I have also seen people request furniture, clothing, and all manner of things for their families, and someone always something to share. People want to share; it was just the mechanism for doing it easily that was lacking.
Any time we need to fix something around the house, or make a car repair, or even make a costume or a party prop, we head to YouTube, and there is almost always a useful instructive video.
Sometimes they are slick, monetized videos that someone produced as a business, but very often, they are just little movies that people have made because they know how to do something, and they would like to help other people out. There is no money or fame involved; they’re simply being helpful. This is purely lovely.
Little free libraries, and little free food pantries, and other little free structures have been erected all over the landscape, just so people can share what they have with each other. These little free-standing miniature sheds started popping up a few years ago and people have not gotten tired of them yet. It’s easy to see why.
There’s no paperwork, no income requirements, no humiliating process where you have to display your poverty before some beneficent committee. If there’s something you want, you simply take it. If you have something to give, you simply leave it. Simple and kind.
The concerns of children are taken more seriously than they were even a generation ago. Some of this is legislated, with child labor laws and efforts to abolish statute of limitation laws regarding abuse; but some of it has just made its way into the social order.
You don’t have to “but abortion” me. I know that there is immense cruelty and hardheartedness toward unborn children at the same time. That doesn’t negate the good that is happening, and it’s truly good that adults today are much more likely to listen to a child who says they are being bullied, or who says they are feeling anxious or afraid or overwhelmed, or who says something bad is happening to them.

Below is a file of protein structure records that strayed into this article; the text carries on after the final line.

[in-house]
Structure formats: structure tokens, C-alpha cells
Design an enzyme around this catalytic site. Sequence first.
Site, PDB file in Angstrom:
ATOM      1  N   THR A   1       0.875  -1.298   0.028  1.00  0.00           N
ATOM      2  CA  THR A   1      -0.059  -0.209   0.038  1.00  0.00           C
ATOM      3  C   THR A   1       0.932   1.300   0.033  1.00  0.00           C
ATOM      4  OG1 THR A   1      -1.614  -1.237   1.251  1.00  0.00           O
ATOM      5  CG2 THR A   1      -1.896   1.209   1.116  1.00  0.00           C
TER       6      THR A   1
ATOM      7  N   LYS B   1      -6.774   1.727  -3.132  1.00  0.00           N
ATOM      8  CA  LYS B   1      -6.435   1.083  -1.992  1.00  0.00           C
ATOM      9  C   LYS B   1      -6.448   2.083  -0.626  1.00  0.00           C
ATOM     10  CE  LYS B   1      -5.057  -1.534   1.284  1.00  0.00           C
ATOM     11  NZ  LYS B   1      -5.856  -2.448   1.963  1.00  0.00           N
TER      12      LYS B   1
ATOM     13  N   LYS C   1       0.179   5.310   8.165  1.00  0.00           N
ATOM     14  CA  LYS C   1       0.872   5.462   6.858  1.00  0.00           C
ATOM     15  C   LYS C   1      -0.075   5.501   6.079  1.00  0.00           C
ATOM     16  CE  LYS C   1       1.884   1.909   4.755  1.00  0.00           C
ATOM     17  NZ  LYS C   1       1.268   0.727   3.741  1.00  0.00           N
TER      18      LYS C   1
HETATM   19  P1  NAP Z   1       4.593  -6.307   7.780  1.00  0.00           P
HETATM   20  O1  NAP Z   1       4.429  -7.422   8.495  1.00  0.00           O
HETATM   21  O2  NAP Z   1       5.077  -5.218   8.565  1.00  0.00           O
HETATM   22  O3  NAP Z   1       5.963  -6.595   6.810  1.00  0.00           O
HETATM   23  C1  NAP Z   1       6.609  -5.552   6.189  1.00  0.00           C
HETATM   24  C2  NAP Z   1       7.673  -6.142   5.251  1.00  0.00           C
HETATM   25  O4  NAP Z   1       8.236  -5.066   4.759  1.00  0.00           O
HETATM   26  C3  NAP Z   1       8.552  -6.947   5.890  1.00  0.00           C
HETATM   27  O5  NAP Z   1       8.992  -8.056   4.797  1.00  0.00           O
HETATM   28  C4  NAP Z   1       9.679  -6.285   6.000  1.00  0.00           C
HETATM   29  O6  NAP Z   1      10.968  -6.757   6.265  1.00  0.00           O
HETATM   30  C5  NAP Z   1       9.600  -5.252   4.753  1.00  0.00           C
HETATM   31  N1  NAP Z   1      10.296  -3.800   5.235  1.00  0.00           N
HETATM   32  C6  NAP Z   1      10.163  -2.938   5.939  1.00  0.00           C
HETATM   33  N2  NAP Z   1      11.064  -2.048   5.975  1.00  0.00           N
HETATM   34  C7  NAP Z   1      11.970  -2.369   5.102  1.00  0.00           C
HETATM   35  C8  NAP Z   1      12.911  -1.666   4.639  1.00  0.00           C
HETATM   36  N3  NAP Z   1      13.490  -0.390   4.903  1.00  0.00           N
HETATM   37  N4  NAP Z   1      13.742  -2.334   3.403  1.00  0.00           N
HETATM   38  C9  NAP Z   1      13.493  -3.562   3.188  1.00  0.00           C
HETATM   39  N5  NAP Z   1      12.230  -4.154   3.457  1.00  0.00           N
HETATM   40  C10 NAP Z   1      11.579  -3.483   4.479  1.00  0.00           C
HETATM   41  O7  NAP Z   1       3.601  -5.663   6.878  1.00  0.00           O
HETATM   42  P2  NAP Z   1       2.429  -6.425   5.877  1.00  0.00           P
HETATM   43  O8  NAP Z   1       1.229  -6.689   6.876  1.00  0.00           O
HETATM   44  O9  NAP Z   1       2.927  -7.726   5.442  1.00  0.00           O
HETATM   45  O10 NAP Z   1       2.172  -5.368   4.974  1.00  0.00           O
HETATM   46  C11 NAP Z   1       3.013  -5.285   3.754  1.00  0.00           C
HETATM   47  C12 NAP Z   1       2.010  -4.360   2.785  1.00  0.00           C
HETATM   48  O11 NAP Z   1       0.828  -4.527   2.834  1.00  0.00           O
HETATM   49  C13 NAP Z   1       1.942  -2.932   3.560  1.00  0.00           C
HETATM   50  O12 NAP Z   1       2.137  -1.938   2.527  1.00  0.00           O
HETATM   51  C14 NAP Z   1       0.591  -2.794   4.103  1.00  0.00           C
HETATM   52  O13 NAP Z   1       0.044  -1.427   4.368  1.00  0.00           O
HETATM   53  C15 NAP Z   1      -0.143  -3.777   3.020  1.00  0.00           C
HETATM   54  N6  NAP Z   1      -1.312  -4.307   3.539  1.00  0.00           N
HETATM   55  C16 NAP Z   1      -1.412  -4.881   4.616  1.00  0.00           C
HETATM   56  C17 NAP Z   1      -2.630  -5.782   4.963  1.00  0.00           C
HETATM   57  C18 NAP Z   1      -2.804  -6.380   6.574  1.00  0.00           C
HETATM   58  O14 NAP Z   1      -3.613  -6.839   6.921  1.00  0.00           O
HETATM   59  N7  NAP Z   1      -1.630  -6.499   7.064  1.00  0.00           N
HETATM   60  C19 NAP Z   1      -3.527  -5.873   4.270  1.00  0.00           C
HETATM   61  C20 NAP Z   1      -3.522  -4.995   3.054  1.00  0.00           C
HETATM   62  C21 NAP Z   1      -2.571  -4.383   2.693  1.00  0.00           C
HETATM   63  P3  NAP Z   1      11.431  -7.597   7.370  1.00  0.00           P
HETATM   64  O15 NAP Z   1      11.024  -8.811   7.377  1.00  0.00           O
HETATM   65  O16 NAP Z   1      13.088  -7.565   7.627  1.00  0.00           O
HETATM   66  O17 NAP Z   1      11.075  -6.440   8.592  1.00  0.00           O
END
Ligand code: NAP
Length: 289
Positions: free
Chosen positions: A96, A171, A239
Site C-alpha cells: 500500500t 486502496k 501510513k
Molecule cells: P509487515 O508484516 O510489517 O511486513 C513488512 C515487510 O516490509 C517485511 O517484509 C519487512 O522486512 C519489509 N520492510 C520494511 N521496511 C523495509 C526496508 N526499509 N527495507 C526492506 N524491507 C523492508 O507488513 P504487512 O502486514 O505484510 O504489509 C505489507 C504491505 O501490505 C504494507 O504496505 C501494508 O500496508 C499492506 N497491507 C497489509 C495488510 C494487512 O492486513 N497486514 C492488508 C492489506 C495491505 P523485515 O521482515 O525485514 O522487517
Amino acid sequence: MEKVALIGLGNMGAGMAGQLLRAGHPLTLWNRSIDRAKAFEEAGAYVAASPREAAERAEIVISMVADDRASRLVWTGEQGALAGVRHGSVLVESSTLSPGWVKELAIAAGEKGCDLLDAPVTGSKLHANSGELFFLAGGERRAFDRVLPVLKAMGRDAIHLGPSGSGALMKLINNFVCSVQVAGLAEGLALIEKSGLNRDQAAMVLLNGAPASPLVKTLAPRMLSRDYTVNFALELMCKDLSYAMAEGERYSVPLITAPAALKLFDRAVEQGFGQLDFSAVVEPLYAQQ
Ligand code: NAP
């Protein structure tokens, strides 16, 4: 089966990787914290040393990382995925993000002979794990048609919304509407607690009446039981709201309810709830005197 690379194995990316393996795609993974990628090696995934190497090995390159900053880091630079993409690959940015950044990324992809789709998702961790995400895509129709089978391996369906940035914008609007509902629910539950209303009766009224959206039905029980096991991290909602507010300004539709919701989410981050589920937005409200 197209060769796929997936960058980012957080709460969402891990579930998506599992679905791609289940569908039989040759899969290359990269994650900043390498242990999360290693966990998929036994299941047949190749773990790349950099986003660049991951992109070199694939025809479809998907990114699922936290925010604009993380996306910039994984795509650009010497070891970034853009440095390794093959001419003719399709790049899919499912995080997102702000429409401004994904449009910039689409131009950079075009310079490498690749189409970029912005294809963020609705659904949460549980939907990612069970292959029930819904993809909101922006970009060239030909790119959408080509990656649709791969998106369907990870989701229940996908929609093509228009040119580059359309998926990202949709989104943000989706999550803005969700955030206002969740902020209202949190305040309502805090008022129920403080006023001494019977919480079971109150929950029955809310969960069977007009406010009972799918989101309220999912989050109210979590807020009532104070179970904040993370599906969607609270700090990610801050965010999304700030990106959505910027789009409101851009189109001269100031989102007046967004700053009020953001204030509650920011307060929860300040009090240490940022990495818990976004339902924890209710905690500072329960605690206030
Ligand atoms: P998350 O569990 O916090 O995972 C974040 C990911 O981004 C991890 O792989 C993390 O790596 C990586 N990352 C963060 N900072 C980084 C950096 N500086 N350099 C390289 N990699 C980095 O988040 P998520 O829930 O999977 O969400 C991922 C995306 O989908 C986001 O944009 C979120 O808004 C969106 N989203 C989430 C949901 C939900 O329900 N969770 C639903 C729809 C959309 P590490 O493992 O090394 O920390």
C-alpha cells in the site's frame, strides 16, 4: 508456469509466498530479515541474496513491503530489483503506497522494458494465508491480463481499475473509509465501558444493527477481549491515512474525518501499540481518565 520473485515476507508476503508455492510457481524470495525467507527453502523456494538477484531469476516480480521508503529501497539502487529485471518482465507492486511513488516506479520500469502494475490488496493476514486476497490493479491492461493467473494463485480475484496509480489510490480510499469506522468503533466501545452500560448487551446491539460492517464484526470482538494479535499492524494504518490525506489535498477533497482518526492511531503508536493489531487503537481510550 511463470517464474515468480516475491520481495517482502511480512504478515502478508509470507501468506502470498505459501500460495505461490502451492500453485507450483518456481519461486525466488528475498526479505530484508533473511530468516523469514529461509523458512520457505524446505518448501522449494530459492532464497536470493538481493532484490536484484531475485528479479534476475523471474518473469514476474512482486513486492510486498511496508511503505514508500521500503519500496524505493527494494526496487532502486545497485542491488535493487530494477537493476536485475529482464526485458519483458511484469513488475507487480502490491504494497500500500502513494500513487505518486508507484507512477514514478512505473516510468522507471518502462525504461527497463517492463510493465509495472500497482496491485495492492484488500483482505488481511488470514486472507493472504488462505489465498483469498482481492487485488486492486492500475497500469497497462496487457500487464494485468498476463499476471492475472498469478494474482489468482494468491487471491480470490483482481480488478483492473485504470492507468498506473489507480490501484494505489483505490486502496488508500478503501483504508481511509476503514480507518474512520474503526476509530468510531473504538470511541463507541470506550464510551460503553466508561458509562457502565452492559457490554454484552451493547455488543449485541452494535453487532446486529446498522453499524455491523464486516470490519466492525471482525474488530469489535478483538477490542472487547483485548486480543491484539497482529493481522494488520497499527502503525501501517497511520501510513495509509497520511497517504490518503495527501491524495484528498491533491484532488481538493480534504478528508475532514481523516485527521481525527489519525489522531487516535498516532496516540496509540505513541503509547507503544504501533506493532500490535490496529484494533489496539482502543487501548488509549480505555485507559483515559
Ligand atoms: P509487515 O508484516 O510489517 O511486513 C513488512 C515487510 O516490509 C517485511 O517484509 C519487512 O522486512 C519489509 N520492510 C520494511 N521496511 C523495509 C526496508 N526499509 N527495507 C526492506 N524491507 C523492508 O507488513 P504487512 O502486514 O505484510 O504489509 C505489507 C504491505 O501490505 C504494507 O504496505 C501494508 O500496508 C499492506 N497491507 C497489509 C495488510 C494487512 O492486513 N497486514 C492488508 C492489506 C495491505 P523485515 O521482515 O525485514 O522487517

In general, we treat children more like full humans, and this is a very good thing.
There’s a real trend away from remarking on people’s appearances. I was skeptical at first, and thought that this trend was merely lip service that people would be trained to do so as to appear correct; but my younger kids seem truly acclimated to the idea that it simply isn’t normal or acceptable to judge someone based on how they look.
It will be fascinating to see how far this trend goes, and how it affects people’s actual behavior toward each other, but even if it only reaches so far, it’s been pleasant to see that it’s no longer socially acceptable, for example, for a man to dismiss a female colleague simply because she isn’t attractive to him. Guys still behave like this, of course, but at least in many quarters, there is now always pushback. When I was growing up, no one would have batted an eye. There really is change afoot.
It’s become more and more common for businesses and schools to offer free menstrual products in their bathrooms, along with other hygienic necessities like toilet paper and soap. Since about half the population menstruates, and these products can be prohibitively expensive, it’s wonderful to see more corporations acknowledging a responsibility to provide these goods so women and girls can show up and function at full capacity.
There is more and more integration of adaptive equipment in public places for people with disabilities. More playgrounds have adaptive swings and other play structures; more churches offer sensory-friendly services and more gyms and entertainment centers offer sensory-friendly evenings; more crosswalks have auditory aids; more museums have adaptive displays for the impaired; more supermarkets have adaptive carts.
These accommodations are not only great so people with disabilities and their families can live their lives, it’s good for the rest of the world to constantly recognize that people with disabilities are fully part of the community, and that their needs are different but just as legitimate as the needs of abled people.
And there is more. I’m sure you can think of examples, if you look. These things have a way of building on each other. If you see that the world is kind and kindness seems normal, then it’s easier to start contributing yourself.
What can you add to this list?
A version of this essay was originally published in The Catholic Weekly on October 5, 2022.